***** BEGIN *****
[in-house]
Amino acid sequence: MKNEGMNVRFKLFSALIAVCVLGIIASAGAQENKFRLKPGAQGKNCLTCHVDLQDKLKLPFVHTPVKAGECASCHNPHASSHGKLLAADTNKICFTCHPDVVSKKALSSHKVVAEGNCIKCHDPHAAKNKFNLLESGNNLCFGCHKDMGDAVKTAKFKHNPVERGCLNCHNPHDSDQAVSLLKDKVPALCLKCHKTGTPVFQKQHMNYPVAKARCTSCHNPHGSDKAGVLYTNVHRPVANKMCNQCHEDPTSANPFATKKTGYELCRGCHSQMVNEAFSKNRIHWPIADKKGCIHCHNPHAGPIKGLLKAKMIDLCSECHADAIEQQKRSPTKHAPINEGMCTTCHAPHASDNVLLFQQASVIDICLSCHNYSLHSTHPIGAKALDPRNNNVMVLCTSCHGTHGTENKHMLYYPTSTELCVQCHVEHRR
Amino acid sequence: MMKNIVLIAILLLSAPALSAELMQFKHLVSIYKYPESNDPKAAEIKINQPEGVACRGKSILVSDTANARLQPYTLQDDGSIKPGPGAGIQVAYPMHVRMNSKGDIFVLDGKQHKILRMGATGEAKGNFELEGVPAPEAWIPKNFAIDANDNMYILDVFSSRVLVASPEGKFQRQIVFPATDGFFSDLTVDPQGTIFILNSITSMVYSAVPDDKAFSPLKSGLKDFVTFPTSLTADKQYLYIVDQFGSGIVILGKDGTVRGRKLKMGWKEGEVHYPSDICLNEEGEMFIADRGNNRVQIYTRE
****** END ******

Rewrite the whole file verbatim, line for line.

[in-house]
Amino acid sequence: MKNEGMNVRFKLFSALIAVCVLGIIASAGAQENKFRLKPGAQGKNCLTCHVDLQDKLKLPFVHTPVKAGECASCHNPHASSHGKLLAADTNKICFTCHPDVVSKKALSSHKVVAEGNCIKCHDPHAAKNKFNLLESGNNLCFGCHKDMGDAVKTAKFKHNPVERGCLNCHNPHDSDQAVSLLKDKVPALCLKCHKTGTPVFQKQHMNYPVAKARCTSCHNPHGSDKAGVLYTNVHRPVANKMCNQCHEDPTSANPFATKKTGYELCRGCHSQMVNEAFSKNRIHWPIADKKGCIHCHNPHAGPIKGLLKAKMIDLCSECHADAIEQQKRSPTKHAPINEGMCTTCHAPHASDNVLLFQQASVIDICLSCHNYSLHSTHPIGAKALDPRNNNVMVLCTSCHGTHGTENKHMLYYPTSTELCVQCHVEHRR
Amino acid sequence: MMKNIVLIAILLLSAPALSAELMQFKHLVSIYKYPESNDPKAAEIKINQPEGVACRGKSILVSDTANARLQPYTLQDDGSIKPGPGAGIQVAYPMHVRMNSKGDIFVLDGKQHKILRMGATGEAKGNFELEGVPAPEAWIPKNFAIDANDNMYILDVFSSRVLVASPEGKFQRQIVFPATDGFFSDLTVDPQGTIFILNSITSMVYSAVPDDKAFSPLKSGLKDFVTFPTSLTADKQYLYIVDQFGSGIVILGKDGTVRGRKLKMGWKEGEVHYPSDICLNEEGEMFIADRGNNRVQIYTRE